hēah-engel, m.n: an archangel. (“heh-ah-en-gell”)
Today is the Feast of Michael the Archangel.
Hwæt we weorðiað wide geond eorðan / heahengles tiid on hærfeste, / Michaheles, swa þæt menigo wat, / fif nihtum ufor þæs þe folcum byð, / eorlum geywed emnihtes dæg.
– Old English Metrical Calendar (Menologium), lines 176-80
How widely throughout the earth we celebrate the feast of the Archangel, of Michael, in autumn, as a multitude (of people) know, five nights after the day of equinox is revealed to people, to men!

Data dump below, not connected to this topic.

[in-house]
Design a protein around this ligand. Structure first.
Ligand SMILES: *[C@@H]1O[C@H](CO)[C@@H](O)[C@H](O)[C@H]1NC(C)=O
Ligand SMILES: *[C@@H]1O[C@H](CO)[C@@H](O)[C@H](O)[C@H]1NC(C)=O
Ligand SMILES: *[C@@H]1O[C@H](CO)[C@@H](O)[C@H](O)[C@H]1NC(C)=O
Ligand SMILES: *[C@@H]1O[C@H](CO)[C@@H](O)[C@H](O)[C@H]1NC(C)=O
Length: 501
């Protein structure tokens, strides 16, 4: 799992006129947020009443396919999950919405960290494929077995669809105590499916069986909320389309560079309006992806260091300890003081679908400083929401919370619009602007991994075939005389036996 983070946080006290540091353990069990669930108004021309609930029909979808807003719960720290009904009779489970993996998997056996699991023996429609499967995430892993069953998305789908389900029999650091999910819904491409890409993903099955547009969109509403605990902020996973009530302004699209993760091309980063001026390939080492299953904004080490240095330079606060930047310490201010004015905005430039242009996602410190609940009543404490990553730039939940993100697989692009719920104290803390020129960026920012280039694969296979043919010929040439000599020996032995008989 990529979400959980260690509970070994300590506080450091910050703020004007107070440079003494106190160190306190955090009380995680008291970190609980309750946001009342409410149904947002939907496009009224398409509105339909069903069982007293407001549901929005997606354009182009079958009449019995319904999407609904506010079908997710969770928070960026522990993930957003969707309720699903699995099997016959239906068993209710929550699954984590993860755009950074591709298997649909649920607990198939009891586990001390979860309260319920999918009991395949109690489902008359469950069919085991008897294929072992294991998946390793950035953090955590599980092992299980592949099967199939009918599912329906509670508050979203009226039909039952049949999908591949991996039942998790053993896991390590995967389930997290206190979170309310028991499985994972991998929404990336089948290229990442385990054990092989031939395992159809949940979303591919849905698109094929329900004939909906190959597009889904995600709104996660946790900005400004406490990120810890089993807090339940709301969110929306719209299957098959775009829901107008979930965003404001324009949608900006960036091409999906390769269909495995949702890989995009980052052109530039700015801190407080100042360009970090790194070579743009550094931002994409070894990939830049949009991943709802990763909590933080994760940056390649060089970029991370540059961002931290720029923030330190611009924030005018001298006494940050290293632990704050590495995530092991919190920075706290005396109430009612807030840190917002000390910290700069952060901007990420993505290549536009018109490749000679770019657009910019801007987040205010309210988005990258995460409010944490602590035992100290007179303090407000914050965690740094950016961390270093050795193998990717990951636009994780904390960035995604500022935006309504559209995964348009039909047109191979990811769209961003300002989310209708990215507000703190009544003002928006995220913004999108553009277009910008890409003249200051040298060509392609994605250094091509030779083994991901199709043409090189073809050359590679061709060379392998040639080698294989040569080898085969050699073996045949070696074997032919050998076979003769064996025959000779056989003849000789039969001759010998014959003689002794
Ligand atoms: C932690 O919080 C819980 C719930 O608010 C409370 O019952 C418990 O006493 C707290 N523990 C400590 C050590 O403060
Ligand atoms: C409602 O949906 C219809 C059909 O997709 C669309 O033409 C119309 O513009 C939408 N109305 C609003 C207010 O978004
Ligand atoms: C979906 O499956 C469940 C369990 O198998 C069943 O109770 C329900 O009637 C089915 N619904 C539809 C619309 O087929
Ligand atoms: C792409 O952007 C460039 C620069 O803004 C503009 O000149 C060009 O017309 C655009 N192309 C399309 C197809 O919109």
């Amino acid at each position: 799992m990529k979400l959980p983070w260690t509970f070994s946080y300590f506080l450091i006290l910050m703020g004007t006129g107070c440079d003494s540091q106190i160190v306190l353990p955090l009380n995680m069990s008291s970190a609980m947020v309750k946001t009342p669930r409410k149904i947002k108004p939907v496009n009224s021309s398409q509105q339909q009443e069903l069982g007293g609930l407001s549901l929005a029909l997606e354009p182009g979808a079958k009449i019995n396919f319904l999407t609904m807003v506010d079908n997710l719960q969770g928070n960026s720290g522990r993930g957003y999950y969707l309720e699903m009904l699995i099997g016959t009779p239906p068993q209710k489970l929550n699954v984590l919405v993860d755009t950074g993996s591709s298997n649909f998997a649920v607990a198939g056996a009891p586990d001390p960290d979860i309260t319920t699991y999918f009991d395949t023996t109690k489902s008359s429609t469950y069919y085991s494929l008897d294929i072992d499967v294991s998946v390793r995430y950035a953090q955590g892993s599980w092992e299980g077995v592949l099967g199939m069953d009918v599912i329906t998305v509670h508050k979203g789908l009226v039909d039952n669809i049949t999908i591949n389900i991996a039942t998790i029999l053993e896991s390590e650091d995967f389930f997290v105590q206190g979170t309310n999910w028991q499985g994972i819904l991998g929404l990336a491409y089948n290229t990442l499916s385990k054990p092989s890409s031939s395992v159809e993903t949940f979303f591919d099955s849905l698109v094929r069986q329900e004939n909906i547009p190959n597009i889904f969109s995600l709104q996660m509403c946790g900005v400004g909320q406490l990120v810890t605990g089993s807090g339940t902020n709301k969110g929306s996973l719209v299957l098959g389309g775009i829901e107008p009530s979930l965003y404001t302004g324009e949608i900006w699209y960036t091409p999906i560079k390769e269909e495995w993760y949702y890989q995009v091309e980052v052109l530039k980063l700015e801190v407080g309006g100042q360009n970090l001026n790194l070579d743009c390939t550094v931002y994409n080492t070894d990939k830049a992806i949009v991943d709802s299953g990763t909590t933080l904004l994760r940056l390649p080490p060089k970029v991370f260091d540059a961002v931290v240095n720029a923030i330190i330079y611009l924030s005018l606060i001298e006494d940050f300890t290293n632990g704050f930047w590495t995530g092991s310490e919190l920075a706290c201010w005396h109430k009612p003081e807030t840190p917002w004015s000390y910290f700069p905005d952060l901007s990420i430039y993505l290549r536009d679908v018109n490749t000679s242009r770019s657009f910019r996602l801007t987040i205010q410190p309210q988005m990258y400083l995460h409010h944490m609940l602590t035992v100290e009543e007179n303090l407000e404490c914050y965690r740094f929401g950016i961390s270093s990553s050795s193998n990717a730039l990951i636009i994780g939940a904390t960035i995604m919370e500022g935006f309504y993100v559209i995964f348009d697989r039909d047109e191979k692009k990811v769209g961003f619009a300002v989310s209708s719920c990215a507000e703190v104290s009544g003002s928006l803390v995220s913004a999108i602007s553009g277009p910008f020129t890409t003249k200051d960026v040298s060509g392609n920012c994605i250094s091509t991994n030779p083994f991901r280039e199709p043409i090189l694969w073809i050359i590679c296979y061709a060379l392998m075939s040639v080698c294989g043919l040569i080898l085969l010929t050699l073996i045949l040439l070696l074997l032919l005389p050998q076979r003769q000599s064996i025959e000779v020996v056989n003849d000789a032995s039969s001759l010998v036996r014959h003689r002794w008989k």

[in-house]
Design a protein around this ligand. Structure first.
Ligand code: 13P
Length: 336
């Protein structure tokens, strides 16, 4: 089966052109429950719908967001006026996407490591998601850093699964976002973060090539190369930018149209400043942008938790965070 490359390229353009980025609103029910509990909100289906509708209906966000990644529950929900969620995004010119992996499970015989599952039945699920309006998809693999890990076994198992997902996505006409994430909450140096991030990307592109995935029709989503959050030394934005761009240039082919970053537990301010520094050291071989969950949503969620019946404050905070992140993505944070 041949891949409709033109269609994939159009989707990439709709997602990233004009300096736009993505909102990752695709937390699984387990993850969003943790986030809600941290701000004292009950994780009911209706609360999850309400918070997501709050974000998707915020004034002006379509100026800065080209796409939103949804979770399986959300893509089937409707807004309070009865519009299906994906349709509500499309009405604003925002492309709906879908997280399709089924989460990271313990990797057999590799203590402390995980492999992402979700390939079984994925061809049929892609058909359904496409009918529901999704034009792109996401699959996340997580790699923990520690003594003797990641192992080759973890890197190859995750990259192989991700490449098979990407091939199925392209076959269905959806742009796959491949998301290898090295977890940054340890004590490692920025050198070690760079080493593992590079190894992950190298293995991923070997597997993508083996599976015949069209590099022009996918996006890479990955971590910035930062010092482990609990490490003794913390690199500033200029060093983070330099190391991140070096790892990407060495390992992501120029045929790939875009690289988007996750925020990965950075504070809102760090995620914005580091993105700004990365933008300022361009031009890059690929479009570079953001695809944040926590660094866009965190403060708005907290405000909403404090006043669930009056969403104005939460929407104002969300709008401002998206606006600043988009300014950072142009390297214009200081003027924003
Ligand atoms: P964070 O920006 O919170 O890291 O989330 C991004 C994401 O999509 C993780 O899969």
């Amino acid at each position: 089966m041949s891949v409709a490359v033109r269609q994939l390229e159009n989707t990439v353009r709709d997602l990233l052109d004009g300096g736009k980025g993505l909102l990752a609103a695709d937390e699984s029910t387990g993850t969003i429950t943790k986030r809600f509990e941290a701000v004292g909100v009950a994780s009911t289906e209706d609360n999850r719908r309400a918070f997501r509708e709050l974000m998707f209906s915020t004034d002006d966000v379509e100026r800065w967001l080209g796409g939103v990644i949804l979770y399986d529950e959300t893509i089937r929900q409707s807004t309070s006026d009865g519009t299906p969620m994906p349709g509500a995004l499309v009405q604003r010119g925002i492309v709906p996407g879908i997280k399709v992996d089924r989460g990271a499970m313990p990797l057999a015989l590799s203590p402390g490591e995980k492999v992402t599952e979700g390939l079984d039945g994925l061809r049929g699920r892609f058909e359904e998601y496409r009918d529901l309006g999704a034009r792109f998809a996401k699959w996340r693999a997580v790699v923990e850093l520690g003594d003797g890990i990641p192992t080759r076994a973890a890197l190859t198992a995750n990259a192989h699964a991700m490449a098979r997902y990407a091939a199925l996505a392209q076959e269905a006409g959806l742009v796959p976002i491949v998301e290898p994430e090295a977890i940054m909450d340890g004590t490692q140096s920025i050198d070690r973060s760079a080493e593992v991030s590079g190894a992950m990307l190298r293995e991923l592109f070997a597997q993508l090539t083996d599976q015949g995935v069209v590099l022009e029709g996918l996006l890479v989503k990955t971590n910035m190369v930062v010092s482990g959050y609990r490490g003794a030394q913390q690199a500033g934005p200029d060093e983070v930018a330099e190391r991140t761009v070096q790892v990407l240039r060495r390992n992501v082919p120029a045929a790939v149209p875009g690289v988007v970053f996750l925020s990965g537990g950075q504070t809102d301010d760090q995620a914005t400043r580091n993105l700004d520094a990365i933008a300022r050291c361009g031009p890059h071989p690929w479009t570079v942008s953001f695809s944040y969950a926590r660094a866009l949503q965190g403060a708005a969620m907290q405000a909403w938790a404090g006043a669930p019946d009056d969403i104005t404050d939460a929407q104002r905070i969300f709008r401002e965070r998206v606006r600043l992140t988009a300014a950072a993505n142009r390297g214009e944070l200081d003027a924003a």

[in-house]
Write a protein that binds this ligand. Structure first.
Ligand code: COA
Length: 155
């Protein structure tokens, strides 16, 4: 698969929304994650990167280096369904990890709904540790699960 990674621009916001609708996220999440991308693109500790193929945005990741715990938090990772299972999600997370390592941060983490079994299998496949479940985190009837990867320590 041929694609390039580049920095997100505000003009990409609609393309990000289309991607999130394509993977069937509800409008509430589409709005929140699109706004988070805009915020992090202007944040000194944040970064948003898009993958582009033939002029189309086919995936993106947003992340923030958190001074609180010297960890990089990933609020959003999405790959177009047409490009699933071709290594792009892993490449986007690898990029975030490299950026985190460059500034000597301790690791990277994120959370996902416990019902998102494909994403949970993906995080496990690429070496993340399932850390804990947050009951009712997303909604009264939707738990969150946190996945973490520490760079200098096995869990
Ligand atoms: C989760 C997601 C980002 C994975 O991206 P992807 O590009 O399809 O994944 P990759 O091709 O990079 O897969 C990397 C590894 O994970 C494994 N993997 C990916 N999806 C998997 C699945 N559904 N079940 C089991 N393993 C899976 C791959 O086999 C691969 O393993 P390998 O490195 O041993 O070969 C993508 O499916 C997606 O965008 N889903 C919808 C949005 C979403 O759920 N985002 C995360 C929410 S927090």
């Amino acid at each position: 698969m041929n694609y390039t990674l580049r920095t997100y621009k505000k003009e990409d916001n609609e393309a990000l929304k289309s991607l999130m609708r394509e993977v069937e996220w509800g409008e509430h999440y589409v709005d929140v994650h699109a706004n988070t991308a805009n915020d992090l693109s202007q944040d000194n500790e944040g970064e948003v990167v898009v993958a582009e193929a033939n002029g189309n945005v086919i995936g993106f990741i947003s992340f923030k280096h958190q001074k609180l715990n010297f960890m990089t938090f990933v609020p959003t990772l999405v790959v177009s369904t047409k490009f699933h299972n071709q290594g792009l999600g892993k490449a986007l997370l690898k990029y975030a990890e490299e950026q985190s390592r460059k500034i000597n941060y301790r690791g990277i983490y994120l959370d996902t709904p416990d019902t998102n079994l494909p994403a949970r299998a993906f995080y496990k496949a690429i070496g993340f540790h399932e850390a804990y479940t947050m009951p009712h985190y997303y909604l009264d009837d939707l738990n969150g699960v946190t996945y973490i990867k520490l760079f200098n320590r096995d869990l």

– translation by Kazutomo Karasawa
Karasawa says in his book on the Menologium:
The name of the Archangel appears nowhere else in the extant Old English poems. The veneration of the saint, which is said to have been originated in Phrygia*, was quite widespread and there was a variety of dates for his feast. (p. 118).
Kazutomo Karasawa, The Old English Metrical Calendar (Menologium)(Cambridge: D. S. Brewer, 2015)